While commercial airline disasters have decreased in recent years, you may remember investigators looking for a downed plane’s black box. Known as the event data recorder, this black box contains vital information about the aircraft’s operations immediately before the accident.
Like commercial airliners, many tractor-trailers have black boxes. If you have suffered a catastrophic injury in a collision with a commercial truck, you should try to get ahold of the vehicle’s black box to determine the cause of the crash.
What information is in a truck’s black box?
A few decades ago, commercial truck manufacturers worried about warranty fraud. To keep truck drivers and trucking companies honest, concerned manufactures began installing black boxes. These boxes typically record many details about the vehicle, including the following:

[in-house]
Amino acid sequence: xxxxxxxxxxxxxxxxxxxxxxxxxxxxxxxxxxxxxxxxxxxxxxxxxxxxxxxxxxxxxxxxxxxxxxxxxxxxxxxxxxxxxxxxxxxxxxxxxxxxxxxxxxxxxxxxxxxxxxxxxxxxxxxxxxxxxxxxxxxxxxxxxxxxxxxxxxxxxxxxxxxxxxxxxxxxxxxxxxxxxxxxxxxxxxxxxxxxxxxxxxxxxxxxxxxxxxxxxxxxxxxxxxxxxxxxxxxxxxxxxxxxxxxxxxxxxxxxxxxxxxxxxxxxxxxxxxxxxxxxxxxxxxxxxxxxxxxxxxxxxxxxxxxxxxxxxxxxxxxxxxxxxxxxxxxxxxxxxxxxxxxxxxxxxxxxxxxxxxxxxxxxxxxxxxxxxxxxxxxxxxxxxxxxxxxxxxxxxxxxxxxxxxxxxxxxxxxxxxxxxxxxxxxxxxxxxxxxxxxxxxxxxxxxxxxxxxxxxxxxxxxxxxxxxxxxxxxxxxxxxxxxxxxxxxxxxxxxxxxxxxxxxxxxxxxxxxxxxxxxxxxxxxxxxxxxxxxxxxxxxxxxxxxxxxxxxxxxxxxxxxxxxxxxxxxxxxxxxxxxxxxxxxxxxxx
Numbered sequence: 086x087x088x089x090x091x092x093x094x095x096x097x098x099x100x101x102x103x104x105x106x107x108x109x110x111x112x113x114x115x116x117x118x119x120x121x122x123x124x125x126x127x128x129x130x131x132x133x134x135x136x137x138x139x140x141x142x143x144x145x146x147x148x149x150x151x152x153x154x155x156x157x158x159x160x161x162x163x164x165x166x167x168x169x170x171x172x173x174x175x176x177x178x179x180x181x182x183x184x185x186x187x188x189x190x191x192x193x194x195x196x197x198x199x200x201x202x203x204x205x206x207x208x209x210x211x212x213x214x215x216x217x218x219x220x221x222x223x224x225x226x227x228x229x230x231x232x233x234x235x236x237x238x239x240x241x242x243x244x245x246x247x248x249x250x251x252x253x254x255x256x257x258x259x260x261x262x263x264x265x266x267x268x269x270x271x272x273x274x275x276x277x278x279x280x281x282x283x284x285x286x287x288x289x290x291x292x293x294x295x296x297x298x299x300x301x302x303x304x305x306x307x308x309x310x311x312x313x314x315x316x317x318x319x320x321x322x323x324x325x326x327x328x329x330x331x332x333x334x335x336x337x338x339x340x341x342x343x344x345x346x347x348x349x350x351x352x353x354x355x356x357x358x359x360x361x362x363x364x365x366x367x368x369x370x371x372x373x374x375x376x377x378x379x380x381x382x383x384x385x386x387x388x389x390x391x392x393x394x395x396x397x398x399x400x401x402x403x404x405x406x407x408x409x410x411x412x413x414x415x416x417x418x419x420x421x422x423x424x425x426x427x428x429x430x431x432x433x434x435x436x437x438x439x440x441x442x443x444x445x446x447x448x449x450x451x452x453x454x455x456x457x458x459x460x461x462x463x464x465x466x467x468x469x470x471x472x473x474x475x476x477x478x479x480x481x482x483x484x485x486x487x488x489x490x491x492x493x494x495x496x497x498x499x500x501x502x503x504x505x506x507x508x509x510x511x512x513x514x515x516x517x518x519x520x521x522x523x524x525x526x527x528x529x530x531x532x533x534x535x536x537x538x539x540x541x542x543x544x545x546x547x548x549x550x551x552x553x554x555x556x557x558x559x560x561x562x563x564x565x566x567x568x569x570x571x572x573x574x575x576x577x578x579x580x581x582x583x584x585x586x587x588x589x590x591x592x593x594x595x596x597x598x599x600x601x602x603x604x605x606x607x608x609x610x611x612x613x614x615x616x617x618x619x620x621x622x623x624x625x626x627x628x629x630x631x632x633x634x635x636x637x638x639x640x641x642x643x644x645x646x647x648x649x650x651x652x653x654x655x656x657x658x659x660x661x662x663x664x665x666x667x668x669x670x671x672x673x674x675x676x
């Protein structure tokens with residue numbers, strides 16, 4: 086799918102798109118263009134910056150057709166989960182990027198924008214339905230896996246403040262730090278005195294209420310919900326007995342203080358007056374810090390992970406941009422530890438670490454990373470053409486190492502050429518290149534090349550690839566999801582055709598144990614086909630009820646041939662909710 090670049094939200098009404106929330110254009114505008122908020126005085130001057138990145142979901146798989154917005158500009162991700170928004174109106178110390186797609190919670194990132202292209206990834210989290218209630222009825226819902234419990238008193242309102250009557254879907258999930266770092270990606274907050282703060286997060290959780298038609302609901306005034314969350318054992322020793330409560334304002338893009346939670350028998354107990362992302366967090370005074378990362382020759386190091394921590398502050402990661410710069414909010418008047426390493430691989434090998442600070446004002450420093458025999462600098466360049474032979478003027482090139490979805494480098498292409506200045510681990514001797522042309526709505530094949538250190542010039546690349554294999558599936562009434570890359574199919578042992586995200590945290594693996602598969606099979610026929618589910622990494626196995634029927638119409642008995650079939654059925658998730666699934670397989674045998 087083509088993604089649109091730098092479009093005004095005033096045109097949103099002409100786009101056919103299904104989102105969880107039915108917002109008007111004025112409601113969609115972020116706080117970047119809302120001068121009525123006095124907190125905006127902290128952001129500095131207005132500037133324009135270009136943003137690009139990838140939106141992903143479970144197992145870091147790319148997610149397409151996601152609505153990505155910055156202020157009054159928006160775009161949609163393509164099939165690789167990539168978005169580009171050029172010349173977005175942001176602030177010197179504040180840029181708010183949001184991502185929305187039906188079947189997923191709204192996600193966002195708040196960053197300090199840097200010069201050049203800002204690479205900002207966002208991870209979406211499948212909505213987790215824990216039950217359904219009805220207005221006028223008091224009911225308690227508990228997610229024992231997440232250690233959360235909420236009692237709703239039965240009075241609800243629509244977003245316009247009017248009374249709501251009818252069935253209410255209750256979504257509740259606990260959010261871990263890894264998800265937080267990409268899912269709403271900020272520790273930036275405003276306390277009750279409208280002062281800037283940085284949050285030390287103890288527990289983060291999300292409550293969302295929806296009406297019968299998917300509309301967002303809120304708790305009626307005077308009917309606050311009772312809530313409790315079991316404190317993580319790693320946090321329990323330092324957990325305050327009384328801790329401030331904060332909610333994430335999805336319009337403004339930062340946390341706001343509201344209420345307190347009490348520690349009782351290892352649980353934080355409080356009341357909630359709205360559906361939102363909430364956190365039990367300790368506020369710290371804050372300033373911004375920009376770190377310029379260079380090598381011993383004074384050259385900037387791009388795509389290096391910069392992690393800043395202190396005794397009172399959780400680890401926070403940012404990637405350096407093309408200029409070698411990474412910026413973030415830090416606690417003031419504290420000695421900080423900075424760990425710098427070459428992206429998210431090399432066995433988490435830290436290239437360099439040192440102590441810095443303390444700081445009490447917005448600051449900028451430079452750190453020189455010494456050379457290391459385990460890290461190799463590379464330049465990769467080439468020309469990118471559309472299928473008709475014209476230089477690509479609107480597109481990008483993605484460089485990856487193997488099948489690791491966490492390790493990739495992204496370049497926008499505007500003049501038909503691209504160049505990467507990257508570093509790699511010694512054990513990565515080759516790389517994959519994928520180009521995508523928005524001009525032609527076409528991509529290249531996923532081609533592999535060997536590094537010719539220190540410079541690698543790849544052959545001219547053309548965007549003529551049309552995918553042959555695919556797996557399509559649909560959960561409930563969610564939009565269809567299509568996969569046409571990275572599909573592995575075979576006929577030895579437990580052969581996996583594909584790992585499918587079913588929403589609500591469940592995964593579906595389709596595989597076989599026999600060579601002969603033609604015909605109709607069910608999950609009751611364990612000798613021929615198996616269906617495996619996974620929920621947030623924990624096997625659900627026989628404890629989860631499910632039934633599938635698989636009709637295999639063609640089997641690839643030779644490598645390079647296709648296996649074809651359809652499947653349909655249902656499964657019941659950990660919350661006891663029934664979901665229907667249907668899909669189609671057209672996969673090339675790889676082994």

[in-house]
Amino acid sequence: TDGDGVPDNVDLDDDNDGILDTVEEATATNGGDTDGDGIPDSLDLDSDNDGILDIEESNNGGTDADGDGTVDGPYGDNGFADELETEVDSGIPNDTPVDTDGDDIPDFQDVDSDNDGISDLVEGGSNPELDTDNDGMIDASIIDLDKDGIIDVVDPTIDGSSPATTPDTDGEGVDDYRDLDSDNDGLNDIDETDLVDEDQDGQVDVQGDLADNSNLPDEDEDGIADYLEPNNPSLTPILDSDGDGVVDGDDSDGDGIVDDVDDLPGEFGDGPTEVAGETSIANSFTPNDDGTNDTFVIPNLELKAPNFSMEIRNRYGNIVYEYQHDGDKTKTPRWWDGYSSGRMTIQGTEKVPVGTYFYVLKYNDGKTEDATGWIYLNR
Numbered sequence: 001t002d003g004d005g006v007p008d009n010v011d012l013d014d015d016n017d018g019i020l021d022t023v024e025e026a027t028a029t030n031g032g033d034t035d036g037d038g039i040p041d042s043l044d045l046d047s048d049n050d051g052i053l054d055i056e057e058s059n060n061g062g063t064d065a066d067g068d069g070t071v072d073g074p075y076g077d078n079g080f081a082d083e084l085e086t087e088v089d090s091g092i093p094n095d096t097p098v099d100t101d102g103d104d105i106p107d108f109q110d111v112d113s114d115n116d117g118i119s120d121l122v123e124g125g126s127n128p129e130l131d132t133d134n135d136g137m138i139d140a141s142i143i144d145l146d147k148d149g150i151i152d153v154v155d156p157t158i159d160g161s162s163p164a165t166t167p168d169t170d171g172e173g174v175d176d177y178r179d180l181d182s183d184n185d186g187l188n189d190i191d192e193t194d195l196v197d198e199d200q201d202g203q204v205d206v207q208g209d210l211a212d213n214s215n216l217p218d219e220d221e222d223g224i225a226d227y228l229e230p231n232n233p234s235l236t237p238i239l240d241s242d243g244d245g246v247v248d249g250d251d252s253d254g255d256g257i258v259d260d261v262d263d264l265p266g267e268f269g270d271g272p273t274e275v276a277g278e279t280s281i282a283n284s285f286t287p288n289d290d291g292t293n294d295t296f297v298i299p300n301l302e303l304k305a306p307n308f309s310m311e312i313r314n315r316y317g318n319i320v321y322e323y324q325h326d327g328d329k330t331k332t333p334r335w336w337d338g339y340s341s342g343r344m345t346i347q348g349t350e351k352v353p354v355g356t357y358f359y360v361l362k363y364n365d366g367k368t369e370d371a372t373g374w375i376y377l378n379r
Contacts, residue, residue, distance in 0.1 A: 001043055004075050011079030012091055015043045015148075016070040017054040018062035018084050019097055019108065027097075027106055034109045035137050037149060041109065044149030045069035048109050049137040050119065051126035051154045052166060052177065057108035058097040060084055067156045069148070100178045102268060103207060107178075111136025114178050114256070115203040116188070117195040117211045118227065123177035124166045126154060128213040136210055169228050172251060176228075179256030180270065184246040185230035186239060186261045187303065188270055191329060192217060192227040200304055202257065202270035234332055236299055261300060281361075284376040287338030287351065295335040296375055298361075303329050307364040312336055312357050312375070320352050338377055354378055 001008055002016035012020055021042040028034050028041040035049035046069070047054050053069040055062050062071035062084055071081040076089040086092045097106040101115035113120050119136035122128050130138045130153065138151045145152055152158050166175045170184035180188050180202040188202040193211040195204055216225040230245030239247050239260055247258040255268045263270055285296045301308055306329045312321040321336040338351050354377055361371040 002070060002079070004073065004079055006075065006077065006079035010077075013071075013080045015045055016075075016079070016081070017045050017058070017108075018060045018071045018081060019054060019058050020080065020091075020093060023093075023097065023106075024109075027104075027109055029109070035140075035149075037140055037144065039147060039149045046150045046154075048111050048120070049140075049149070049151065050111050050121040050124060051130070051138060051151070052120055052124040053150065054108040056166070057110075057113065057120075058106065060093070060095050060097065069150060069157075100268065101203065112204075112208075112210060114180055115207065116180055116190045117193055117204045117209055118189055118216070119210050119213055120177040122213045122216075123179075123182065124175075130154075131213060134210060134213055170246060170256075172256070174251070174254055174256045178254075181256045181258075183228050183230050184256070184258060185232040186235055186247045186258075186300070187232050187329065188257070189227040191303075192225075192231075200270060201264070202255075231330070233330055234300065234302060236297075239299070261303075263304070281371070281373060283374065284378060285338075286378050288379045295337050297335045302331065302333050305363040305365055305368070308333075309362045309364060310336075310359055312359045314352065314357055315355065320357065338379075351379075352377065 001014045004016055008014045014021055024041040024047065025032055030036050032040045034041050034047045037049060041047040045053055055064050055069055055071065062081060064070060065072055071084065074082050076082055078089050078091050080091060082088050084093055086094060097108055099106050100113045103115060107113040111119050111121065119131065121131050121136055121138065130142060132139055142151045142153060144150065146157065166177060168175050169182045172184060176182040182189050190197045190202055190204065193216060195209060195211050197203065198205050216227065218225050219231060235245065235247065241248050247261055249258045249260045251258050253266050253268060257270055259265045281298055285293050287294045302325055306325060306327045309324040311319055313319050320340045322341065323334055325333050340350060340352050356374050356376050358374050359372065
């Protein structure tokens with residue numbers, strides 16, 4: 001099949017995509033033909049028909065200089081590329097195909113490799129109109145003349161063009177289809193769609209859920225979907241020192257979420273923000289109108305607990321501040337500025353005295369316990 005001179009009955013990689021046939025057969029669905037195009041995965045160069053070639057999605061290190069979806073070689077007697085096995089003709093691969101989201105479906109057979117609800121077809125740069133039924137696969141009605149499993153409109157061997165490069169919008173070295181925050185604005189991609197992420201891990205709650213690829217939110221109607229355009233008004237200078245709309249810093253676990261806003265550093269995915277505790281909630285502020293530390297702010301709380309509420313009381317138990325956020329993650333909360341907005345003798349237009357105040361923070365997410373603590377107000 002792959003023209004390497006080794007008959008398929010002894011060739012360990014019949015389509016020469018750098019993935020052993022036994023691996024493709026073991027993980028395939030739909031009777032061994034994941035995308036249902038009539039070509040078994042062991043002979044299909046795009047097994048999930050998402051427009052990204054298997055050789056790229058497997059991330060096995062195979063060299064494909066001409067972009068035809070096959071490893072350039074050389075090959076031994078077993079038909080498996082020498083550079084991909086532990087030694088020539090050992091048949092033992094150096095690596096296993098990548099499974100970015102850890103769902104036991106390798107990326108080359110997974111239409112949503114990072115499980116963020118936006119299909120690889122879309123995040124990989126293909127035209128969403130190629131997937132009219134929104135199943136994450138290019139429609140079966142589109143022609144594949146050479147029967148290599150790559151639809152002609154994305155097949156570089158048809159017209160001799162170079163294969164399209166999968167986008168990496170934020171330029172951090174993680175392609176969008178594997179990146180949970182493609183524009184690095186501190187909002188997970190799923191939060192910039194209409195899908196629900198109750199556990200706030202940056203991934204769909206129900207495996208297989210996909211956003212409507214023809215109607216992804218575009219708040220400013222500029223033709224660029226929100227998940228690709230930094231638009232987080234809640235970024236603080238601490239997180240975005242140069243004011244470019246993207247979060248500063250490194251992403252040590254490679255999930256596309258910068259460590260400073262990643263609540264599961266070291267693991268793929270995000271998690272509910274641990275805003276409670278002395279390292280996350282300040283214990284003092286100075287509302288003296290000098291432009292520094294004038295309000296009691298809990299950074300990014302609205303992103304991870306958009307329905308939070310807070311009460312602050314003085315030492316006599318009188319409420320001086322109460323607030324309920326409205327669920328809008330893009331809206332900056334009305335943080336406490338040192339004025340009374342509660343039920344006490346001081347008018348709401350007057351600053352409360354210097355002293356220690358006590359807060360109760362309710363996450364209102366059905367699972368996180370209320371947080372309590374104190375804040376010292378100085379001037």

- The truck’s speed at the time of the accident
- The truck’s steering wheel position
- The trucks’ brake pedal position
- The truck’s accelerator position
- The truck’s maintenance history
- The trucker’s communications with the trucking company
After a truck accident, you may want to work with a scene investigator to identify why the crash happened. The data inside the truck’s black box is likely to help with this investigation. When obtaining black box records, though, timing matters.
Why must you act quickly?
While the days and weeks after a truck accident may be a blur, you should act quickly to secure data from the truck’s black box. After all, many black boxes overwrite old data with new information. Similarly, a truck driver or trucking company owner may be able to delete black box records.
There are legal ways to prevent those responsible for truck accidents from tampering with evidence or erasing relevant records. Ultimately, though, getting your hands on the truck’s black box as quickly as possible is likely to improve your chances of receiving the financial compensation you deserve for your life-altering injuries.